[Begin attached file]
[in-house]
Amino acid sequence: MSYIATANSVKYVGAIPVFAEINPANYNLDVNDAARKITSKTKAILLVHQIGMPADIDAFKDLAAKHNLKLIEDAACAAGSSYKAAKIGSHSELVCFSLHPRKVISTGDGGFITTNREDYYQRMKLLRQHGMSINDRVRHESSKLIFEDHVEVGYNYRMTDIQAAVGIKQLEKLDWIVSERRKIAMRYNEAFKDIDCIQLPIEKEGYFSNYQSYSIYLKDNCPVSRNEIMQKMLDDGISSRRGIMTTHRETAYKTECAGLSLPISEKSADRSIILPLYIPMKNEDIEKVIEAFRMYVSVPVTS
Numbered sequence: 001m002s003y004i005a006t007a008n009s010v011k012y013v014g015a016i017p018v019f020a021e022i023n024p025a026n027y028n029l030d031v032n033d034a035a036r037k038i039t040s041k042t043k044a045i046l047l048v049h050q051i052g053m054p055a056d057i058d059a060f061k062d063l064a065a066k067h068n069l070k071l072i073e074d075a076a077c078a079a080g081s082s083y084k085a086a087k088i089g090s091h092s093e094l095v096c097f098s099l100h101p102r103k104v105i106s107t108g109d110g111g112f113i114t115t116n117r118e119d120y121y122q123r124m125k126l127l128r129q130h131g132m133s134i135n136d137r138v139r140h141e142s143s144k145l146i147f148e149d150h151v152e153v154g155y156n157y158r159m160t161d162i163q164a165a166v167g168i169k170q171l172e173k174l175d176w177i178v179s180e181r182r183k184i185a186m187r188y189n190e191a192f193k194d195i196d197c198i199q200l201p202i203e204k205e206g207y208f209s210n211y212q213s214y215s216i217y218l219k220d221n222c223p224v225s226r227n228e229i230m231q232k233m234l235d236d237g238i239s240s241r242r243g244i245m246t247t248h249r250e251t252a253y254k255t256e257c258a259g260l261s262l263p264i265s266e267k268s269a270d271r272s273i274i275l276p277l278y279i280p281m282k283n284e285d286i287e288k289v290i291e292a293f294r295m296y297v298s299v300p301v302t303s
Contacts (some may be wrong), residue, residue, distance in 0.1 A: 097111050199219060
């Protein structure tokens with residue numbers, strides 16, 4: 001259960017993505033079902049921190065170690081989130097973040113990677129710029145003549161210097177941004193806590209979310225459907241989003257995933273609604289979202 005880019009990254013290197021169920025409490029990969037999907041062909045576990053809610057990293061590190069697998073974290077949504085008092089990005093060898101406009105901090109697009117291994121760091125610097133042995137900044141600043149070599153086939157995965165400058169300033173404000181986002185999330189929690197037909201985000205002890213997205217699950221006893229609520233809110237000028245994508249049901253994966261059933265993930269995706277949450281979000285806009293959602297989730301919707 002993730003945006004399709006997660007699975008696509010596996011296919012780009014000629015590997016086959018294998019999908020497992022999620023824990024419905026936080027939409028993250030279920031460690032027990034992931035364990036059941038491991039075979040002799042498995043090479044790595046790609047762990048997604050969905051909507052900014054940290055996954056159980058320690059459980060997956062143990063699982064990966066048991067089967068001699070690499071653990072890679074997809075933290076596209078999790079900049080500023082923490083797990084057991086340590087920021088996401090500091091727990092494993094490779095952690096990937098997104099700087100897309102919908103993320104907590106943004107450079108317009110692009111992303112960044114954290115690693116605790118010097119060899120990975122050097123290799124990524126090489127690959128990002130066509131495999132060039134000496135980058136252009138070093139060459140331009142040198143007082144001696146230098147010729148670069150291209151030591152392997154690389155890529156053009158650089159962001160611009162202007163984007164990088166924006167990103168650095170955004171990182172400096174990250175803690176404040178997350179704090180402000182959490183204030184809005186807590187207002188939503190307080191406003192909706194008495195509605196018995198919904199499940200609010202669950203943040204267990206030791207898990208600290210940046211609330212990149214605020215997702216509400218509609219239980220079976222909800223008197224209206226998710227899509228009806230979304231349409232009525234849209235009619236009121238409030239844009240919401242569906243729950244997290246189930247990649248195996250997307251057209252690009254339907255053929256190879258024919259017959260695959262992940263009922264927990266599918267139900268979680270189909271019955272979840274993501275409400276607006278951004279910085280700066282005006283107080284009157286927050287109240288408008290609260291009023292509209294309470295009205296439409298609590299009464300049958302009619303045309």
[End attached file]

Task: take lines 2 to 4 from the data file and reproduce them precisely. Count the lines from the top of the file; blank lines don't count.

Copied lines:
Amino acid sequence: MSYIATANSVKYVGAIPVFAEINPANYNLDVNDAARKITSKTKAILLVHQIGMPADIDAFKDLAAKHNLKLIEDAACAAGSSYKAAKIGSHSELVCFSLHPRKVISTGDGGFITTNREDYYQRMKLLRQHGMSINDRVRHESSKLIFEDHVEVGYNYRMTDIQAAVGIKQLEKLDWIVSERRKIAMRYNEAFKDIDCIQLPIEKEGYFSNYQSYSIYLKDNCPVSRNEIMQKMLDDGISSRRGIMTTHRETAYKTECAGLSLPISEKSADRSIILPLYIPMKNEDIEKVIEAFRMYVSVPVTS
Numbered sequence: 001m002s003y004i005a006t007a008n009s010v011k012y013v014g015a016i017p018v019f020a021e022i023n024p025a026n027y028n029l030d031v032n033d034a035a036r037k038i039t040s041k042t043k044a045i046l047l048v049h050q051i052g053m054p055a056d057i058d059a060f061k062d063l064a065a066k067h068n069l070k071l072i073e074d075a076a077c078a079a080g081s082s083y084k085a086a087k088i089g090s091h092s093e094l095v096c097f098s099l100h101p102r103k104v105i106s107t108g109d110g111g112f113i114t115t116n117r118e119d120y121y122q123r124m125k126l127l128r129q130h131g132m133s134i135n136d137r138v139r140h141e142s143s144k145l146i147f148e149d150h151v152e153v154g155y156n157y158r159m160t161d162i163q164a165a166v167g168i169k170q171l172e173k174l175d176w177i178v179s180e181r182r183k184i185a186m187r188y189n190e191a192f193k194d195i196d197c198i199q200l201p202i203e204k205e206g207y208f209s210n211y212q213s214y215s216i217y218l219k220d221n222c223p224v225s226r227n228e229i230m231q232k233m234l235d236d237g238i239s240s241r242r243g244i245m246t247t248h249r250e251t252a253y254k255t256e257c258a259g260l261s262l263p264i265s266e267k268s269a270d271r272s273i274i275l276p277l278y279i280p281m282k283n284e285d286i287e288k289v290i291e292a293f294r295m296y297v298s299v300p301v302t303s
Contacts (some may be wrong), residue, residue, distance in 0.1 A: 097111050199219060